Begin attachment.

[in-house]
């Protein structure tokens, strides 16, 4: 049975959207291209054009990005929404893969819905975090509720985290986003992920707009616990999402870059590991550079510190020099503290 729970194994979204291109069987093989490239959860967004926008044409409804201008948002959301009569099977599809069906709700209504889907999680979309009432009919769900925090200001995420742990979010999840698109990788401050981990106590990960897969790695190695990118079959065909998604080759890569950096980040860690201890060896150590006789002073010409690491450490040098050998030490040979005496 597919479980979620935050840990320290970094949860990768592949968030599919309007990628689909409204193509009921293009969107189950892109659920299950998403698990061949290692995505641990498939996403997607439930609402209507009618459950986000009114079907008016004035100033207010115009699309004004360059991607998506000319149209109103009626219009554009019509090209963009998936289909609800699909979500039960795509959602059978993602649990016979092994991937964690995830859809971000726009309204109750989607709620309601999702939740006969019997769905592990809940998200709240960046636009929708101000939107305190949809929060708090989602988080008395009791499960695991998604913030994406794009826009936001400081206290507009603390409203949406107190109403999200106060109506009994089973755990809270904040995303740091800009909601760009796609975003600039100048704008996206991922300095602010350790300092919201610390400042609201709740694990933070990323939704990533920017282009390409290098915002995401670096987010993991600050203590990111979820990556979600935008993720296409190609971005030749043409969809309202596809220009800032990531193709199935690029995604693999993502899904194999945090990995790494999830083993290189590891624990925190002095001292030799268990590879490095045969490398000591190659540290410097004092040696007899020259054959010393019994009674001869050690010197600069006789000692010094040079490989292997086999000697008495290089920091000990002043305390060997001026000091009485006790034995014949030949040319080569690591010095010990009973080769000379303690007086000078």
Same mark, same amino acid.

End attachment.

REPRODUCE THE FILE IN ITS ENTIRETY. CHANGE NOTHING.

[in-house]
């Protein structure tokens, strides 16, 4: 049975959207291209054009990005929404893969819905975090509720985290986003992920707009616990999402870059590991550079510190020099503290 729970194994979204291109069987093989490239959860967004926008044409409804201008948002959301009569099977599809069906709700209504889907999680979309009432009919769900925090200001995420742990979010999840698109990788401050981990106590990960897969790695190695990118079959065909998604080759890569950096980040860690201890060896150590006789002073010409690491450490040098050998030490040979005496 597919479980979620935050840990320290970094949860990768592949968030599919309007990628689909409204193509009921293009969107189950892109659920299950998403698990061949290692995505641990498939996403997607439930609402209507009618459950986000009114079907008016004035100033207010115009699309004004360059991607998506000319149209109103009626219009554009019509090209963009998936289909609800699909979500039960795509959602059978993602649990016979092994991937964690995830859809971000726009309204109750989607709620309601999702939740006969019997769905592990809940998200709240960046636009929708101000939107305190949809929060708090989602988080008395009791499960695991998604913030994406794009826009936001400081206290507009603390409203949406107190109403999200106060109506009994089973755990809270904040995303740091800009909601760009796609975003600039100048704008996206991922300095602010350790300092919201610390400042609201709740694990933070990323939704990533920017282009390409290098915002995401670096987010993991600050203590990111979820990556979600935008993720296409190609971005030749043409969809309202596809220009800032990531193709199935690029995604693999993502899904194999945090990995790494999830083993290189590891624990925190002095001292030799268990590879490095045969490398000591190659540290410097004092040696007899020259054959010393019994009674001869050690010197600069006789000692010094040079490989292997086999000697008495290089920091000990002043305390060997001026000091009485006790034995014949030949040319080569690591010095010990009973080769000379303690007086000078």
Same mark, same amino acid.